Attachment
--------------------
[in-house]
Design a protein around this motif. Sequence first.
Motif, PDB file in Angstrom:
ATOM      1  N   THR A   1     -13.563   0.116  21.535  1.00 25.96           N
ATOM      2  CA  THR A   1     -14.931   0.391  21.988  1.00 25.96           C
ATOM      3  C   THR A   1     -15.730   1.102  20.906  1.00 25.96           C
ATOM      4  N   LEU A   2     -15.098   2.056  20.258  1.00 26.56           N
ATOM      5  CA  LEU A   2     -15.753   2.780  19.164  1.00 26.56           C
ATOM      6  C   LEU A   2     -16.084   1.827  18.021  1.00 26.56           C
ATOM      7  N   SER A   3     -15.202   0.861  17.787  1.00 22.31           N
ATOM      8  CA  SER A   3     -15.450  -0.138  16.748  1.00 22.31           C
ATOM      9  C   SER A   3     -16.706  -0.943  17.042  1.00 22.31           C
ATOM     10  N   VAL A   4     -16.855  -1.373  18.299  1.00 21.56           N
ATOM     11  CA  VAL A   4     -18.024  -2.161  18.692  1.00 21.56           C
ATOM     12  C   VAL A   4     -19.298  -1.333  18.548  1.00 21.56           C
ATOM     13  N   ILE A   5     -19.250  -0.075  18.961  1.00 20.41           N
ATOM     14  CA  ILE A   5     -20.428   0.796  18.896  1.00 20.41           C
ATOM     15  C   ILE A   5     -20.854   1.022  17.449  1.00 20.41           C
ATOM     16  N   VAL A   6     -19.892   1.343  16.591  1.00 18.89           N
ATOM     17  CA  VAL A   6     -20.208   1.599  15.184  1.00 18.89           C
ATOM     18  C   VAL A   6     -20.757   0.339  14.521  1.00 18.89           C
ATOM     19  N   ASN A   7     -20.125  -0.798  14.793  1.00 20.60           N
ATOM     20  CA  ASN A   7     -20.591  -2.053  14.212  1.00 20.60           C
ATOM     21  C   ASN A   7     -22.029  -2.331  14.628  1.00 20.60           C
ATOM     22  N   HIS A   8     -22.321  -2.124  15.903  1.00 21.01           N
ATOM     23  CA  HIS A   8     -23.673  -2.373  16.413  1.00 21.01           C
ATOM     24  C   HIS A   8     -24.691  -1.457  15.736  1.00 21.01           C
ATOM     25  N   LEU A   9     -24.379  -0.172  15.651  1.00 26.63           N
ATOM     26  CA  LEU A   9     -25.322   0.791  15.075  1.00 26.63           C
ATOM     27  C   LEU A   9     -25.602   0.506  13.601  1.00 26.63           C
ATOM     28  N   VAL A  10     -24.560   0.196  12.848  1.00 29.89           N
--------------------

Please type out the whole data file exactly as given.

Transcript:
[in-house]
Design a protein around this motif. Sequence first.
Motif, PDB file in Angstrom:
ATOM      1  N   THR A   1     -13.563   0.116  21.535  1.00 25.96           N
ATOM      2  CA  THR A   1     -14.931   0.391  21.988  1.00 25.96           C
ATOM      3  C   THR A   1     -15.730   1.102  20.906  1.00 25.96           C
ATOM      4  N   LEU A   2     -15.098   2.056  20.258  1.00 26.56           N
ATOM      5  CA  LEU A   2     -15.753   2.780  19.164  1.00 26.56           C
ATOM      6  C   LEU A   2     -16.084   1.827  18.021  1.00 26.56           C
ATOM      7  N   SER A   3     -15.202   0.861  17.787  1.00 22.31           N
ATOM      8  CA  SER A   3     -15.450  -0.138  16.748  1.00 22.31           C
ATOM      9  C   SER A   3     -16.706  -0.943  17.042  1.00 22.31           C
ATOM     10  N   VAL A   4     -16.855  -1.373  18.299  1.00 21.56           N
ATOM     11  CA  VAL A   4     -18.024  -2.161  18.692  1.00 21.56           C
ATOM     12  C   VAL A   4     -19.298  -1.333  18.548  1.00 21.56           C
ATOM     13  N   ILE A   5     -19.250  -0.075  18.961  1.00 20.41           N
ATOM     14  CA  ILE A   5     -20.428   0.796  18.896  1.00 20.41           C
ATOM     15  C   ILE A   5     -20.854   1.022  17.449  1.00 20.41           C
ATOM     16  N   VAL A   6     -19.892   1.343  16.591  1.00 18.89           N
ATOM     17  CA  VAL A   6     -20.208   1.599  15.184  1.00 18.89           C
ATOM     18  C   VAL A   6     -20.757   0.339  14.521  1.00 18.89           C
ATOM     19  N   ASN A   7     -20.125  -0.798  14.793  1.00 20.60           N
ATOM     20  CA  ASN A   7     -20.591  -2.053  14.212  1.00 20.60           C
ATOM     21  C   ASN A   7     -22.029  -2.331  14.628  1.00 20.60           C
ATOM     22  N   HIS A   8     -22.321  -2.124  15.903  1.00 21.01           N
ATOM     23  CA  HIS A   8     -23.673  -2.373  16.413  1.00 21.01           C
ATOM     24  C   HIS A   8     -24.691  -1.457  15.736  1.00 21.01           C
ATOM     25  N   LEU A   9     -24.379  -0.172  15.651  1.00 26.63           N
ATOM     26  CA  LEU A   9     -25.322   0.791  15.075  1.00 26.63           C
ATOM     27  C   LEU A   9     -25.602   0.506  13.601  1.00 26.63           C
ATOM     28  N   VAL A  10     -24.560   0.196  12.848  1.00 29.89           N